Posted by: dacalu | 4 July 2012

Why I love Anglicanism

Dear Friends, I realized recently that I have never spoken directly on why I choose to be an Episcopalian.  I was saying something about this to my friend Hester this morning, and thought I’d try to lay out some of the main reasons.

Many people have asked why I belong to the church I do.  It’s true that I grew up in the Episcopal Church and it certainly was a default faith until about the age of 16.  At the time of my confirmation, I studied Christian denominations and other religions.  Even then, I can’t say I really had a good grasp.  It was not until seminary that I really fell in love with my tradition.

The Anglican tradition in Christianity traces its roots back to the Christian church in Brittania, Caledonia, and Hibernia as early as the 2nd century AD.  The idea of Celtic Christianity has, no doubt, been romanticized by reformation and modern authors.  Nonetheless, Irish and Scottish monasteries fostered a unique and influential take on Christianity at least as early as the 6th century (e.g., Columbanus, 540-615).  Their ideas would inspire continental theology, even while Rome was asserting liturgical dominance (Synod of Whitby, 664).  Nor should the influences of Anselm of Canterbury (satisfaction atonement and ontology, 11th c.) or the Oxford Franciscans (substance, faith and reason, 13th c.) be neglected.

Nor would I wish to underestimate the close ties between Canterbury and Rome.  Island Christians have been heavily influenced by continental and specifically Roman theology throughout their history.  The English church declared its autonomy from Rome in the 16th century, but then as now considers itself to be catholic, that is a member of the church universal, and only ambivalently Protestant.  It’s been a complicated and messy history.  This is not the place to defend (or decry) the split.  I simply wish to say that the Anglican tradition draws both on the English church’s unique history and its connection to the larger church.

A specifically Anglican theology starts being laid out in the late 16th century, but self-consciously evolves through the 20th century.  For most of this time, Anglicans have identified with a few core principles that I find particularly wonderful.

Via media

Common rhetoric limits this notion to the “middle way” between Rome (Papal Catholicism) and Geneva (Calvinist Reform).  Indeed, we have sometimes split the difference on issues such as vestments, saints, sacraments, and priests.  The original idea of Richard Hooker (1554-1600), turns out to be much broader.  Hooker argued that we mush weigh the thoughts of all available authorities, giving each its proper due.  He said he would accept “neither a Pope nor a paper Pope.” In other words, neither the tradition and hierarchy of the church nor some reading of scripture could be taken as definitive.  Rather, we must take both into account and think critically about God’s will.

Likewise, Hooker is credited with the “three-legged stool” of scripture, tradition, and reason.  Such a stool must balance on all three pillars and will fall if even one is missing.  Like “via media” this is somewhat recast from the original.  Hooker actually gives all authority to Scripture, but he says that we cannot understand the Bible without the wisdom provided by the traditions of the church.  Similarly, no-one can interpret scripture and tradition without using their God-given ability to reason.  He argues that if you think you’ve bypassed your reason – you must be fooling yourself.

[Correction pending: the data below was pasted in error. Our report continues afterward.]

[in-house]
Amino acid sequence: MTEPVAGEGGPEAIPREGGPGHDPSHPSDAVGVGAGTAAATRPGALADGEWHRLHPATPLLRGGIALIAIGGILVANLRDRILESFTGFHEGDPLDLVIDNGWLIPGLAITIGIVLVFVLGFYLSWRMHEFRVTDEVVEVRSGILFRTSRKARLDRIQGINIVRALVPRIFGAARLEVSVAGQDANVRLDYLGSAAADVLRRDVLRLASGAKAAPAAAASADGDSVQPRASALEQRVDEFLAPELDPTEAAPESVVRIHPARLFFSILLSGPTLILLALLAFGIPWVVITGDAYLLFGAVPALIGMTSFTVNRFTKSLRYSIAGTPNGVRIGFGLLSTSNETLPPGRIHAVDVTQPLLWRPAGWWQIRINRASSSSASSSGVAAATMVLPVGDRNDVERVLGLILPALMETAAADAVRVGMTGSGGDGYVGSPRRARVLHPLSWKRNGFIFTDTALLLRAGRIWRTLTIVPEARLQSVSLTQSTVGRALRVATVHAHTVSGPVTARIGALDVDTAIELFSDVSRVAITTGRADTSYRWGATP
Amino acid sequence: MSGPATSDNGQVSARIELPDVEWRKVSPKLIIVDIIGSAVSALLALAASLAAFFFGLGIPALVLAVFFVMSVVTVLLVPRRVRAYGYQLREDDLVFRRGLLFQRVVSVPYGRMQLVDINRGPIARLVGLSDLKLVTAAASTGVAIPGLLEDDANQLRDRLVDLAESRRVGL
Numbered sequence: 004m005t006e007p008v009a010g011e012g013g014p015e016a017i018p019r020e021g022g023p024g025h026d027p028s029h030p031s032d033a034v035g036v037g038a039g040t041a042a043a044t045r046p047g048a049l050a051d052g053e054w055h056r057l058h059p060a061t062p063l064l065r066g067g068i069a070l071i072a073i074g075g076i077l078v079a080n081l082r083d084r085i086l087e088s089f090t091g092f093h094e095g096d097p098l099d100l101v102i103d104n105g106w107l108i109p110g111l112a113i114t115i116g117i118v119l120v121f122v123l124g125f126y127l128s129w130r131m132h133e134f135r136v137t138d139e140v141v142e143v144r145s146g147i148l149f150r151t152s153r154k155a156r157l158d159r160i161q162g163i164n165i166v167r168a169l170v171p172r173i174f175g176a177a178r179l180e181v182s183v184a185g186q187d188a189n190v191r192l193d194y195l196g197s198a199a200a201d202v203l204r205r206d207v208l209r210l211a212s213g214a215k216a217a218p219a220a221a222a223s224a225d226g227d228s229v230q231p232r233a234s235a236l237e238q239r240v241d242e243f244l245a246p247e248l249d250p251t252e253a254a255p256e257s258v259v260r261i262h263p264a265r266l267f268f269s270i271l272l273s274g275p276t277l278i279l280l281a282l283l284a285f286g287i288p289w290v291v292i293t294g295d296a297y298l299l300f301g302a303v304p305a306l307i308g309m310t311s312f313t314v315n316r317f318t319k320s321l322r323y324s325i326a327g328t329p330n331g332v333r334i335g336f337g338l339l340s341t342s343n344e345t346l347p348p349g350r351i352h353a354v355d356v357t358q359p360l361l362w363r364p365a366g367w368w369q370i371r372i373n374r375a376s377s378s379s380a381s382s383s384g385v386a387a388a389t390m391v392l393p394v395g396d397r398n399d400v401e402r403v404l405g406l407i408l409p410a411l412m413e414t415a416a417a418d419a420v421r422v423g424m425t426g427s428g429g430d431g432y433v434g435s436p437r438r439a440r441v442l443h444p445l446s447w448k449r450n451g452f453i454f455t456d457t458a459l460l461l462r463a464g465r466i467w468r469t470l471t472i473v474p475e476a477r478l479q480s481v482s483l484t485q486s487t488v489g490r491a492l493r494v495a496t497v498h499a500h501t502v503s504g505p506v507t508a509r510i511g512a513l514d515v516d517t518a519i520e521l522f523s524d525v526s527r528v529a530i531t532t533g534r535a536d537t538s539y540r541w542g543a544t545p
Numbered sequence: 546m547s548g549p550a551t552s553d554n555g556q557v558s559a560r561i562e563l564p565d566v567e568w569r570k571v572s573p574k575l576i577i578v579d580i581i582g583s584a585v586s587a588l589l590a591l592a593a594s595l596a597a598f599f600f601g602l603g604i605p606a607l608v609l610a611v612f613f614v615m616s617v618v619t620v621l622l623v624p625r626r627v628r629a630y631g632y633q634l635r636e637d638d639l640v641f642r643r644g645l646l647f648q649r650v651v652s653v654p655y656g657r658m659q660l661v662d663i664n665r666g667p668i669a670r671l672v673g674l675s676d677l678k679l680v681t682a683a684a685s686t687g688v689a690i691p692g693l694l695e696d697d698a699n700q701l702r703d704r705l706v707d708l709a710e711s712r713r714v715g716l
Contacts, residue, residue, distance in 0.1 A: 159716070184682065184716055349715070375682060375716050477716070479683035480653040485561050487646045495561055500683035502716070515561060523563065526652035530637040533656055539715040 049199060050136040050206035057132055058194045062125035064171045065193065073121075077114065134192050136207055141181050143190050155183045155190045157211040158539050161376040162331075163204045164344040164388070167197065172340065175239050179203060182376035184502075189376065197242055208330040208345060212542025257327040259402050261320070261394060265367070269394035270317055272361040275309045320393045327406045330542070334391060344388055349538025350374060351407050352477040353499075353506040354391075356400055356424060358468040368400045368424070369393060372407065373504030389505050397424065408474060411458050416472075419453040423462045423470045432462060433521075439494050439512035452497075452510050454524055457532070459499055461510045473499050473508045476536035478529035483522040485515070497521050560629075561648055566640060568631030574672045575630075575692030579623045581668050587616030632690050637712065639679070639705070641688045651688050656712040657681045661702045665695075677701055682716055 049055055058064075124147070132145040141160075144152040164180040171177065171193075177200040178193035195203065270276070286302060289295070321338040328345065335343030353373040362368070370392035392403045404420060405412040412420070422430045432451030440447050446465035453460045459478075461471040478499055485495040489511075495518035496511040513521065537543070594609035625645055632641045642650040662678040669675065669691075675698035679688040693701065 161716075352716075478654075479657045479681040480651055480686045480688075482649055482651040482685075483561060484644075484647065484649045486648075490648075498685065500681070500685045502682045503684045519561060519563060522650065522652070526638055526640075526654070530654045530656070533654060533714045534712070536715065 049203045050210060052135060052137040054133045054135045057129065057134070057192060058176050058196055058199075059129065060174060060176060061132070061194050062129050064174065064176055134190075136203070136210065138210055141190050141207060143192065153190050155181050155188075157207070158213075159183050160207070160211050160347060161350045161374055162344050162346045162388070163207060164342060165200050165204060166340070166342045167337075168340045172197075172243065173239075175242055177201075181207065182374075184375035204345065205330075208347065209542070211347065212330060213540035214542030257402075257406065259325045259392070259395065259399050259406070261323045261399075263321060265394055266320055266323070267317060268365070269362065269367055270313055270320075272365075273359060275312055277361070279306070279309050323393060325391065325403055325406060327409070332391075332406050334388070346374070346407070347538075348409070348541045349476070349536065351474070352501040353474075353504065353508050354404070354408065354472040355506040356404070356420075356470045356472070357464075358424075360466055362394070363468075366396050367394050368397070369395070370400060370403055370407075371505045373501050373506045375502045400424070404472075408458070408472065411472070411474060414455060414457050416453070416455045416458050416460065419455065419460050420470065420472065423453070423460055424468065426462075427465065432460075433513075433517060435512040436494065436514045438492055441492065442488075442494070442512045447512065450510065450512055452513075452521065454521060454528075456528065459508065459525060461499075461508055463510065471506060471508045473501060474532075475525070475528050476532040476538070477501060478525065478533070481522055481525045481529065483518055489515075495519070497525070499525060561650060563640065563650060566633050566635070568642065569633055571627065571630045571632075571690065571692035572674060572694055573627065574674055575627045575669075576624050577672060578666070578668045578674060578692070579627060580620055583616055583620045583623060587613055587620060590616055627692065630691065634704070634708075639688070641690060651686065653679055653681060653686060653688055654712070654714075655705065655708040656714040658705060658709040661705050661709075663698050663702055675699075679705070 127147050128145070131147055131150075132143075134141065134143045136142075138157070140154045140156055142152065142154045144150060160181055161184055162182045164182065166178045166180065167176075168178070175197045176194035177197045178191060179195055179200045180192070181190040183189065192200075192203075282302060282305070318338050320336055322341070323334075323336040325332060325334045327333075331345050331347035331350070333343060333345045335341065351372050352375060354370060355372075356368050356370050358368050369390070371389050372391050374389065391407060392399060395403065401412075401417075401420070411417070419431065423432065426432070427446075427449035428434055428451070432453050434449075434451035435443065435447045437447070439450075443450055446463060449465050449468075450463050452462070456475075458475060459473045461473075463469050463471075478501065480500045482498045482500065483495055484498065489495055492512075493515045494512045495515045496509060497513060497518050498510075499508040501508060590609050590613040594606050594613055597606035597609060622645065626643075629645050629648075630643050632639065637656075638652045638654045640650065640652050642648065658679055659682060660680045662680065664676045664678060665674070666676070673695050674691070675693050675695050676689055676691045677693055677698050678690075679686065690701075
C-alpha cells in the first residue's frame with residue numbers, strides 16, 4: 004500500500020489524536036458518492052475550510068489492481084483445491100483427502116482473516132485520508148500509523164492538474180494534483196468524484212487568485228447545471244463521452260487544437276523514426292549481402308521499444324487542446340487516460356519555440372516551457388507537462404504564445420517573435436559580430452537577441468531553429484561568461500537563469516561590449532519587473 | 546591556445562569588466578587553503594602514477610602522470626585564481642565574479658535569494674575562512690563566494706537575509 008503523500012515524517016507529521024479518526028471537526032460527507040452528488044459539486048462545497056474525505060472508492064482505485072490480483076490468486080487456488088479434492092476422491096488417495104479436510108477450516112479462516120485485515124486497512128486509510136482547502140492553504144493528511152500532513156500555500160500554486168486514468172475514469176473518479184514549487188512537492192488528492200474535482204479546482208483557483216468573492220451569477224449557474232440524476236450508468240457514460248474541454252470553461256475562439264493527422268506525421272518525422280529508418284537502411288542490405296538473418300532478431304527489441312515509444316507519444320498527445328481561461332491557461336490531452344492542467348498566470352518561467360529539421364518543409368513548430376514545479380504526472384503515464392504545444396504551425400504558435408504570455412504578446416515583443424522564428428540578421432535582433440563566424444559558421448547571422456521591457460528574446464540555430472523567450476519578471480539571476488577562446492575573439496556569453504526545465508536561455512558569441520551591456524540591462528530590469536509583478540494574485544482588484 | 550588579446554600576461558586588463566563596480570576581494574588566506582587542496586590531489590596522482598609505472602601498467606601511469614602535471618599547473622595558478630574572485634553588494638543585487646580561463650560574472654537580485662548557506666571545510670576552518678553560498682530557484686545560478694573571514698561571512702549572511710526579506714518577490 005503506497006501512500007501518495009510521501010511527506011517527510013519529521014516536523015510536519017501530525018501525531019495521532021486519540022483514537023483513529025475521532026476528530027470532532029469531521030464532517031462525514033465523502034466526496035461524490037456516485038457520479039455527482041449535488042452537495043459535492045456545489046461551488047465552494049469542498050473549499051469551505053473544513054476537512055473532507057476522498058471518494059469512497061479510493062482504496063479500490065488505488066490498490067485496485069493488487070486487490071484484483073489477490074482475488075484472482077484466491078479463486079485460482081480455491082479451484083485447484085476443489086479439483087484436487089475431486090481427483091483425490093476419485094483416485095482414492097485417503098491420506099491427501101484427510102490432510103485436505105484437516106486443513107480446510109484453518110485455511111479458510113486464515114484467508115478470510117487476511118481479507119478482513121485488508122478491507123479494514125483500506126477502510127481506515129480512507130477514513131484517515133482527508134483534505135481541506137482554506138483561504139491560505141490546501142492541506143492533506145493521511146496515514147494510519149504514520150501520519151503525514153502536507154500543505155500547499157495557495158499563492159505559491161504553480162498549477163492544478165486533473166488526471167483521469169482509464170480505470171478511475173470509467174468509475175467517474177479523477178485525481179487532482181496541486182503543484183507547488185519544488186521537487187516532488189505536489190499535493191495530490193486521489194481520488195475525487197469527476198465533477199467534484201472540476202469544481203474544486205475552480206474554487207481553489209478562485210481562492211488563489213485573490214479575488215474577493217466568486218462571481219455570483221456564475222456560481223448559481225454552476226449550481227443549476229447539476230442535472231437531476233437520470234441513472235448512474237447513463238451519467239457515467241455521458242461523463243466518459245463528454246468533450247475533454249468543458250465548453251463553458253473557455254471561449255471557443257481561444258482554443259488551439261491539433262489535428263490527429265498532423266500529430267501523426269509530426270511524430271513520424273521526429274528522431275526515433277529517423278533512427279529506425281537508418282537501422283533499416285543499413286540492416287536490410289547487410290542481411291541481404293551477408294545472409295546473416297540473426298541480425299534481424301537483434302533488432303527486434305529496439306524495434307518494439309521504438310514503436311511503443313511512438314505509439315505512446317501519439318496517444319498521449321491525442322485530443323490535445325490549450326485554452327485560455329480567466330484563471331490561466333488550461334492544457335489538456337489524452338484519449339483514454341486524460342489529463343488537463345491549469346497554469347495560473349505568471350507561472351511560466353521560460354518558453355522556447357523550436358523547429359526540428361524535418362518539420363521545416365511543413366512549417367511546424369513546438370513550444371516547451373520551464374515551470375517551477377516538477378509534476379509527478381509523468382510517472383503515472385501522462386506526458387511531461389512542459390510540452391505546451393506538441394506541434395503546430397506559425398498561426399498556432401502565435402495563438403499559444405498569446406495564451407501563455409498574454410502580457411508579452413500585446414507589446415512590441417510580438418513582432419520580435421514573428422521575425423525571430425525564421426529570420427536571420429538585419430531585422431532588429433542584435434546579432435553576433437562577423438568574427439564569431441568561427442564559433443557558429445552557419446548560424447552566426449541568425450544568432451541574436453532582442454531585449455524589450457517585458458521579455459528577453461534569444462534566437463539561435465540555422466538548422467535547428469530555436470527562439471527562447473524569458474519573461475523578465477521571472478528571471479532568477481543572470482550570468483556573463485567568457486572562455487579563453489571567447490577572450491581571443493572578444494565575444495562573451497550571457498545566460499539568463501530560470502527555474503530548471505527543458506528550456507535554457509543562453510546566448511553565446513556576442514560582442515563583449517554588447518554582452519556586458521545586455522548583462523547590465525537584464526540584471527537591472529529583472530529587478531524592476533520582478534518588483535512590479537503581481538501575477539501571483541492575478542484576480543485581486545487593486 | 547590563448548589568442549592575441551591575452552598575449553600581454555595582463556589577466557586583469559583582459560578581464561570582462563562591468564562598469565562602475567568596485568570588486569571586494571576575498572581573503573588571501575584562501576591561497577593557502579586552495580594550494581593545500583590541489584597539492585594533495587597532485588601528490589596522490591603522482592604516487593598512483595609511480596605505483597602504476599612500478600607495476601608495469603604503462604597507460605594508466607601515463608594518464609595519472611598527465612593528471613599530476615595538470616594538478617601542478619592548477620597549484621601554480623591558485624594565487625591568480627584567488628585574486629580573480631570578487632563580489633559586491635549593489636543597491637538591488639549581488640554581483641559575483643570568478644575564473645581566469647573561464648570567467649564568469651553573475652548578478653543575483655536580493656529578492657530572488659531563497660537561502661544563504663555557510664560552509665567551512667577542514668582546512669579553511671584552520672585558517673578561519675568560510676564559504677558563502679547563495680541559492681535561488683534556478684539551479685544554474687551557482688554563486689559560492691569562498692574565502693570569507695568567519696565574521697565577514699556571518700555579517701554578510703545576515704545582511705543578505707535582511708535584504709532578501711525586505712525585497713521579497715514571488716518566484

Anglicanism calls for a reasoned, self-aware, humble, and communal epistemology.  Knowledge, even religious knowledge, requires hard work and careful listening to whoever you can find.

Common Prayer

In the wake of the Wars of Religion (1524-1648) the English were tired of theology as an excuse for bloodshed.  In a movement that came to be known as the Elizabethan compromise, Anglicans said I don’t care what doctrine you hold, as long as you worship together, as long as you worship alongside the rest of the country.  We created a book of “Common Prayer” that laid out how we would pray together, rather than what we would all believe.  Theologians label this orthopraxy – right action – as opposed to orthodoxy – right belief.  From the 16th century, Anglicans have never been credal (in the sense of being defined by a common creed) nor dogmatic (in the sense of having unquestioned and unquestionable beliefs).

Among other important consequences, this orthopraxy shapes Anglican ideas about ethics and science.  On the ethical front, we favor common methodology over common conclusions.  We say that a troubled individual should talk to God, consult the community (particularly experts), look to reason and personal conscience.  We trust them, having done those things in good faith, to come to a good decision.  As to private confession (and the requirement to have church or priestly approval for an action) that “all may, some should, none must.”  It makes it difficult to pin down the Anglican position on difficult issues like abortion and same-sex marriage.  On the other hand, it empowers individuals – in fear and trembling – to bring their problems directly before God and follow their own conscience.